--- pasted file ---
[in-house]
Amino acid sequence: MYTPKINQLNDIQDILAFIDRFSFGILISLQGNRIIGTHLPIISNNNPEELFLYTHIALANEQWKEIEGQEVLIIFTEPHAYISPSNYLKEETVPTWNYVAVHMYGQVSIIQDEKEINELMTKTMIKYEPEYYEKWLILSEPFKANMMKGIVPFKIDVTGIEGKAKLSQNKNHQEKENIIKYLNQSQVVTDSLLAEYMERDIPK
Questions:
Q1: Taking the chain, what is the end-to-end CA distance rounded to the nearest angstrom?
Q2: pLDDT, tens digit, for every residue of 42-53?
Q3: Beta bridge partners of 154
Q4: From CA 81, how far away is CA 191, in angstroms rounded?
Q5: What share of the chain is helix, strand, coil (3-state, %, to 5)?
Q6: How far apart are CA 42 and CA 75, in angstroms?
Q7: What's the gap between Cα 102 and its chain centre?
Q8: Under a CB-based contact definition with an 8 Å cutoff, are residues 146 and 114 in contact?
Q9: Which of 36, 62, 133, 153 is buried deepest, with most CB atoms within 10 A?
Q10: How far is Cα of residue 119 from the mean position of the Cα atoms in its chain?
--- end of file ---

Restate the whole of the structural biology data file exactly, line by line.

[in-house]
Amino acid sequence: MYTPKINQLNDIQDILAFIDRFSFGILISLQGNRIIGTHLPIISNNNPEELFLYTHIALANEQWKEIEGQEVLIIFTEPHAYISPSNYLKEETVPTWNYVAVHMYGQVSIIQDEKEINELMTKTMIKYEPEYYEKWLILSEPFKANMMKGIVPFKIDVTGIEGKAKLSQNKNHQEKENIIKYLNQSQVVTDSLLAEYMERDIPK
Questions:
Q1: Taking the chain, what is the end-to-end CA distance rounded to the nearest angstrom?
Q2: pLDDT, tens digit, for every residue of 42-53?
Q3: Beta bridge partners of 154
Q4: From CA 81, how far away is CA 191, in angstroms rounded?
Q5: What share of the chain is helix, strand, coil (3-state, %, to 5)?
Q6: How far apart are CA 42 and CA 75, in angstroms?
Q7: What's the gap between Cα 102 and its chain centre?
Q8: Under a CB-based contact definition with an 8 Å cutoff, are residues 146 and 114 in contact?
Q9: Which of 36, 62, 133, 153 is buried deepest, with most CB atoms within 10 A?
Q10: How far is Cα of residue 119 from the mean position of the Cα atoms in its chain?